The Australoid race is a broad racial classification used to refer to people indigenous to Southeast Asia, South Asia, Australia, Melanesia and historically parts of East Asia. The concept originated with a typological method of racial classification. They were described as having dark skin with wavy hair, in the case of the Veddoid race of South Asia (including the eponymous Vedda people indigenous to Sri Lanka) and Aboriginal Australians, or hair ranging from straight to kinky in the case of the Melanesian group.
According to this typology, Australoid peoples often mixed with other races (mostly Caucasoid, Mongoloid and Negroid) range throughout Indonesia, the Philippines, Malaysia, Singapore, Thailand, Myanmar, Laos, Cambodia, East Timor, Brunei, Sri Lanka, the Indian subcontinent, Australia, Melanesia, and historically in Japan.
In the Out of Africa theory, the ancestors of the Australoids, the Proto-Australoids, are thought to have been the first branch off from the Proto-Capoids to migrate from Africa about 60,000 BCE. This migration is hypothesized to have taken place along the now submerged continental shelf of the northern shore of the Indian Ocean, reaching Australia about 50,000 BCE. However, the suggested Proto-Australoid–Proto-Capoid link has been contested.
In the late nineteenth century, anthropometric studies led to a proposition of racial groups, one of which was termed "Australioid" by Thomas Huxley in an essay 'On the Geographical Distribution of the Chief Modifications of Mankind' (1870), in which he divided humanity into four principal groups (Xanthochroic, Mongoloid, Negroid, and Australioid).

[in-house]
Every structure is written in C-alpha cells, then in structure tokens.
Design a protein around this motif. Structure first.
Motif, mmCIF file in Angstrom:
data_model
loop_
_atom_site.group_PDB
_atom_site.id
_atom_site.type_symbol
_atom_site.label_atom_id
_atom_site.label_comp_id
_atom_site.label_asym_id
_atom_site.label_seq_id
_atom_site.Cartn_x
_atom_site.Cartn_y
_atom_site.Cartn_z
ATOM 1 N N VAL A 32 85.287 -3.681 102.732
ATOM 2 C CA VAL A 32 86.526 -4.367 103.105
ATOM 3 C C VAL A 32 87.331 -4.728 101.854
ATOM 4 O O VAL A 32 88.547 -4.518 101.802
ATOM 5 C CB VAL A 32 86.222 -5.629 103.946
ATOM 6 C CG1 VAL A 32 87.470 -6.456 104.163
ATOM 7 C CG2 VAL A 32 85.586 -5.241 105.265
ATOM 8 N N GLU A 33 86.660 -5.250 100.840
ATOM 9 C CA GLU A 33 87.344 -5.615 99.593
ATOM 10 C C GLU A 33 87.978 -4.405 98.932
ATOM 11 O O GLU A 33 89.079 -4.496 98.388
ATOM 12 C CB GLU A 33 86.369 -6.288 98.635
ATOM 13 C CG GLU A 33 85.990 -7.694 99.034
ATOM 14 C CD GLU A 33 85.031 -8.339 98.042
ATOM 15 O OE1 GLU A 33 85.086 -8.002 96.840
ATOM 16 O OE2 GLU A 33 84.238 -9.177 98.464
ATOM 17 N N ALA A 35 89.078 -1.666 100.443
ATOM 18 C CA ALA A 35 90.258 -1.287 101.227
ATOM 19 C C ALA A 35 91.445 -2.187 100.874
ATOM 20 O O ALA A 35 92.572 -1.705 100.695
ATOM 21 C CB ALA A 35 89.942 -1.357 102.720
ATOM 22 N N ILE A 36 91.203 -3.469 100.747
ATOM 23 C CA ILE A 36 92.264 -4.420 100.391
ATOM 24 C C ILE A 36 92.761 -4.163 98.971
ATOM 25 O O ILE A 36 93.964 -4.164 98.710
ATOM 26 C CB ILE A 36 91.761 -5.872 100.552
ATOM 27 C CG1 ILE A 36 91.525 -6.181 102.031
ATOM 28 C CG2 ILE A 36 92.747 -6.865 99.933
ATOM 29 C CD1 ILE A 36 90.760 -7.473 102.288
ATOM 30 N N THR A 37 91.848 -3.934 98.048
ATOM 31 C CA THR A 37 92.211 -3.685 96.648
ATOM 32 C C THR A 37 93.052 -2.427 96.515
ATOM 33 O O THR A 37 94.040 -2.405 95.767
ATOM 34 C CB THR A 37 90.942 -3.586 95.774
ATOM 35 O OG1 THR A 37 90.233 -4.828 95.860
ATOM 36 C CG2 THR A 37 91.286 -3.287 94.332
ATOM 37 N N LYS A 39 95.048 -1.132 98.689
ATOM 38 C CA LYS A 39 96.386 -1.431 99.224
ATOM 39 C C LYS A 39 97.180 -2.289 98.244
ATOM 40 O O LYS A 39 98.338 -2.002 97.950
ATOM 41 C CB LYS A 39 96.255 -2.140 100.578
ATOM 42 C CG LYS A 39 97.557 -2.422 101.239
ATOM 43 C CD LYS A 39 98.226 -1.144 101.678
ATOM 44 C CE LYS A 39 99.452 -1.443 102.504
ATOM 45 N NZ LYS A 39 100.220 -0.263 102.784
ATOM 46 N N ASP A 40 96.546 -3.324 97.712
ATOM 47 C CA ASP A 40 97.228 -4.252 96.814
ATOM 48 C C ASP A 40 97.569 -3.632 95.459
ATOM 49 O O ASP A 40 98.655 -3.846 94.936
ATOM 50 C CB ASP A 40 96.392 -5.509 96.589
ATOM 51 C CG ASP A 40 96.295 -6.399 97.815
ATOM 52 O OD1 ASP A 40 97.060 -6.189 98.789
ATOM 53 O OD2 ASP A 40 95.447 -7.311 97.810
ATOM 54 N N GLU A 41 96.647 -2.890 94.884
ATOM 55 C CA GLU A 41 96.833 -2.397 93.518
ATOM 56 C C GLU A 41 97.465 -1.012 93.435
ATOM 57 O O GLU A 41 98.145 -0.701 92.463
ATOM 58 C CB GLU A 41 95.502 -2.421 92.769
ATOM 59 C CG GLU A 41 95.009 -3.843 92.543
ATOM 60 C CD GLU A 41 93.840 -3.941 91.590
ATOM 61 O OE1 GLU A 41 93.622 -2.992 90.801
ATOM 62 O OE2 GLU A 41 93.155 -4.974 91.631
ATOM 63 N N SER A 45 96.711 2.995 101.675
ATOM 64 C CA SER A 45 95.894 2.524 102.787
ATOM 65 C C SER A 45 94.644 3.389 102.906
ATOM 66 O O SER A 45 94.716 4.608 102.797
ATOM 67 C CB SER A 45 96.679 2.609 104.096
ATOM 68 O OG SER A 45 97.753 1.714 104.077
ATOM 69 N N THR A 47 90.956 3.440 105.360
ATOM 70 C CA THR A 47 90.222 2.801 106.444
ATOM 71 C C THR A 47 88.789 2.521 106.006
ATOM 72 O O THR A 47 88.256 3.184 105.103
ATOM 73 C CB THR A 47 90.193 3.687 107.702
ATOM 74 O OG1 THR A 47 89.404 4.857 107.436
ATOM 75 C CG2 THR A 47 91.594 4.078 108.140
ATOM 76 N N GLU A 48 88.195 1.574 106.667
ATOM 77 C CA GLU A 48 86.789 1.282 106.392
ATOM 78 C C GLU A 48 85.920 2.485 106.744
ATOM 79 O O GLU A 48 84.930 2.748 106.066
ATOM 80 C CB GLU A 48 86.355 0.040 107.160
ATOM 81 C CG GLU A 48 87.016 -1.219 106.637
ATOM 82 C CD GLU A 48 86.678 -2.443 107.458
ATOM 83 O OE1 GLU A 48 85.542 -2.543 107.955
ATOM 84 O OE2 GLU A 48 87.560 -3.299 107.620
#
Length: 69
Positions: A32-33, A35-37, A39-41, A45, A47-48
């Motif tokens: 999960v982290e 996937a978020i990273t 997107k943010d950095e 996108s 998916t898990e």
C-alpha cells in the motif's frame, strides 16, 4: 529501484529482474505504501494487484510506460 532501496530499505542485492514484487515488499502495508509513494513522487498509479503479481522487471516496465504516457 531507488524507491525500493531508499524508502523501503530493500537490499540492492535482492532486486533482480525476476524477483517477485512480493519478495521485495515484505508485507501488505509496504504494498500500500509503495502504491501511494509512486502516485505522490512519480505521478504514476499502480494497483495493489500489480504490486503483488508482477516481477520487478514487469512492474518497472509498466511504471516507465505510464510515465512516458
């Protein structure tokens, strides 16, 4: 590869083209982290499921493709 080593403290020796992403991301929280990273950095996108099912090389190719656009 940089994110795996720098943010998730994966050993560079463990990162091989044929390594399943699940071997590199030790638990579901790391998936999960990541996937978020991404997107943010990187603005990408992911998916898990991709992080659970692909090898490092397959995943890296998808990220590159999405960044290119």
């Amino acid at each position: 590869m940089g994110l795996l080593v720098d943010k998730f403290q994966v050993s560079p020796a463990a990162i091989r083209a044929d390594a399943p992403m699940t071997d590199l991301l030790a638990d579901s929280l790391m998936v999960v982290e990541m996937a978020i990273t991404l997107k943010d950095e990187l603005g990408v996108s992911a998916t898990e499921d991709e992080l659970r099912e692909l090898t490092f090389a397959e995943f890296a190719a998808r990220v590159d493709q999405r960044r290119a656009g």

Huxley also concluded that the Melanochroi (Peoples of the Mediterranean race) are of a mixture of the Xanthochroi (northern Europeans) and Australioids. Later writers dropped the first "i" in Australioid, establishing Australoid as the standard spelling.
Huxley's original model included the native inhabitants of South Asia under the Australoid category. The American Journal of Physical Anthropology (1996, p. 382) by American Association of Physical Anthropologists. L. L. (Luigi Luca) Cavalli-Sforza, Paolo Menozzi and Alberto Piazza in their text, The History and Geography of Human Genes (1994, P. 241) both use the term. Balgir (2004) designates tribes as Australoid or Proto-Australoid according to language family. A 2006 CFSL research article which assessed "3522 individuals belonging to 54 (23 belonging to the Austroasiatic, 18 to Dravidian, 7 to Tibeto-Burman and 24 to Indo-European linguistic groups) endogamous Indian populations, representing all major ethnic, linguistic and geographic groups" for genetic variations to support such classifications found no conclusive evidence. It further summed that "the absence of genetic markers to support the general clustering of population groups based on ethnic, linguistic, geographic or socio-cultural affiliations" undermines the broad groupings based on such affiliations that exist in population genetic studies and forensic databases. Australoid components present through Indian Subcontinent and Southeast Asia is genetically closest to Negrito Andamanese Islanders though still divergent however some Indians also have genetic links with Australian Aborigenes, though mixed with Caucasoid or Mongoloid genes as well.